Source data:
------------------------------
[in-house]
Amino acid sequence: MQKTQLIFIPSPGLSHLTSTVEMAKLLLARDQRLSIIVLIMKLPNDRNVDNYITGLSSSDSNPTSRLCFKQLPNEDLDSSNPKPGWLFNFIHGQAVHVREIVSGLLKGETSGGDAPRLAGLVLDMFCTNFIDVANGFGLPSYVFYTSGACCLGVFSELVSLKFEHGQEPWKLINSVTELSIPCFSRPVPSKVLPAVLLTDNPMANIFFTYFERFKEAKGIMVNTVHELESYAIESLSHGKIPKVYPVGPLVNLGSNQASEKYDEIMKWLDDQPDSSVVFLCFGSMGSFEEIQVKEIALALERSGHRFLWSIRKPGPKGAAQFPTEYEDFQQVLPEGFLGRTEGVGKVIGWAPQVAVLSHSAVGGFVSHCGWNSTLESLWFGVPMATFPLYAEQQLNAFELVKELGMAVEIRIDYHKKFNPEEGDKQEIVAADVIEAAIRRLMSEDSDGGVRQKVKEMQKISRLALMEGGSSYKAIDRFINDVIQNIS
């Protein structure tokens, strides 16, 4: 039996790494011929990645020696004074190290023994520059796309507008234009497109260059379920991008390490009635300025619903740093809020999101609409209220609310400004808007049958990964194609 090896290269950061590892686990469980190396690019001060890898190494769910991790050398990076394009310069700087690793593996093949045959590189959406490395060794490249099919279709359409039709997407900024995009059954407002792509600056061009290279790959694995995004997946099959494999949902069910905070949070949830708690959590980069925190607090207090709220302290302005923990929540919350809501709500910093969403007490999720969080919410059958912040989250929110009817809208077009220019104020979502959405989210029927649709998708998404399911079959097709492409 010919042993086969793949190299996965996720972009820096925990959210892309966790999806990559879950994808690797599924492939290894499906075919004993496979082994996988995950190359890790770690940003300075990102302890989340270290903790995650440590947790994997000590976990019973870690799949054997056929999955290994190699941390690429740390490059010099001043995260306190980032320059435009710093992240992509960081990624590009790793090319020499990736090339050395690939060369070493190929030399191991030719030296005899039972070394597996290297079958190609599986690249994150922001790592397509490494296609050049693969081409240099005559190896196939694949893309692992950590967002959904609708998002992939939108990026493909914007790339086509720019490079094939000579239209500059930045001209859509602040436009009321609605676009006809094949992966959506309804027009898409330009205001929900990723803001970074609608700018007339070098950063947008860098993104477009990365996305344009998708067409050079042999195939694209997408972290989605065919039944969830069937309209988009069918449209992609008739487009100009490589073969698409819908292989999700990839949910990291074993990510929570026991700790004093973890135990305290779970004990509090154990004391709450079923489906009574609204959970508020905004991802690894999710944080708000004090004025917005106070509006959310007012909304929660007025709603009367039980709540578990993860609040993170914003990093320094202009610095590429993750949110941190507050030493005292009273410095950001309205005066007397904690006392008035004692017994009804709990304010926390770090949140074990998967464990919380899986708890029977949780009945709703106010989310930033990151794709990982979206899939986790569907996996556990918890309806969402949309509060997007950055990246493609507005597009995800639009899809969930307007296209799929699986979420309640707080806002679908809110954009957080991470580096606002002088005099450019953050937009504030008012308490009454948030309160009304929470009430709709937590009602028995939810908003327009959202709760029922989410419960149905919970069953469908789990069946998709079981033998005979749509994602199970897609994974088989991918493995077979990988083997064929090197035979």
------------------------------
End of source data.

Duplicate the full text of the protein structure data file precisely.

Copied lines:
[in-house]
Amino acid sequence: MQKTQLIFIPSPGLSHLTSTVEMAKLLLARDQRLSIIVLIMKLPNDRNVDNYITGLSSSDSNPTSRLCFKQLPNEDLDSSNPKPGWLFNFIHGQAVHVREIVSGLLKGETSGGDAPRLAGLVLDMFCTNFIDVANGFGLPSYVFYTSGACCLGVFSELVSLKFEHGQEPWKLINSVTELSIPCFSRPVPSKVLPAVLLTDNPMANIFFTYFERFKEAKGIMVNTVHELESYAIESLSHGKIPKVYPVGPLVNLGSNQASEKYDEIMKWLDDQPDSSVVFLCFGSMGSFEEIQVKEIALALERSGHRFLWSIRKPGPKGAAQFPTEYEDFQQVLPEGFLGRTEGVGKVIGWAPQVAVLSHSAVGGFVSHCGWNSTLESLWFGVPMATFPLYAEQQLNAFELVKELGMAVEIRIDYHKKFNPEEGDKQEIVAADVIEAAIRRLMSEDSDGGVRQKVKEMQKISRLALMEGGSSYKAIDRFINDVIQNIS
């Protein structure tokens, strides 16, 4: 039996790494011929990645020696004074190290023994520059796309507008234009497109260059379920991008390490009635300025619903740093809020999101609409209220609310400004808007049958990964194609 090896290269950061590892686990469980190396690019001060890898190494769910991790050398990076394009310069700087690793593996093949045959590189959406490395060794490249099919279709359409039709997407900024995009059954407002792509600056061009290279790959694995995004997946099959494999949902069910905070949070949830708690959590980069925190607090207090709220302290302005923990929540919350809501709500910093969403007490999720969080919410059958912040989250929110009817809208077009220019104020979502959405989210029927649709998708998404399911079959097709492409 010919042993086969793949190299996965996720972009820096925990959210892309966790999806990559879950994808690797599924492939290894499906075919004993496979082994996988995950190359890790770690940003300075990102302890989340270290903790995650440590947790994997000590976990019973870690799949054997056929999955290994190699941390690429740390490059010099001043995260306190980032320059435009710093992240992509960081990624590009790793090319020499990736090339050395690939060369070493190929030399191991030719030296005899039972070394597996290297079958190609599986690249994150922001790592397509490494296609050049693969081409240099005559190896196939694949893309692992950590967002959904609708998002992939939108990026493909914007790339086509720019490079094939000579239209500059930045001209859509602040436009009321609605676009006809094949992966959506309804027009898409330009205001929900990723803001970074609608700018007339070098950063947008860098993104477009990365996305344009998708067409050079042999195939694209997408972290989605065919039944969830069937309209988009069918449209992609008739487009100009490589073969698409819908292989999700990839949910990291074993990510929570026991700790004093973890135990305290779970004990509090154990004391709450079923489906009574609204959970508020905004991802690894999710944080708000004090004025917005106070509006959310007012909304929660007025709603009367039980709540578990993860609040993170914003990093320094202009610095590429993750949110941190507050030493005292009273410095950001309205005066007397904690006392008035004692017994009804709990304010926390770090949140074990998967464990919380899986708890029977949780009945709703106010989310930033990151794709990982979206899939986790569907996996556990918890309806969402949309509060997007950055990246493609507005597009995800639009899809969930307007296209799929699986979420309640707080806002679908809110954009957080991470580096606002002088005099450019953050937009504030008012308490009454948030309160009304929470009430709709937590009602028995939810908003327009959202709760029922989410419960149905919970069953469908789990069946998709079981033998005979749509994602199970897609994974088989991918493995077979990988083997064929090197035979």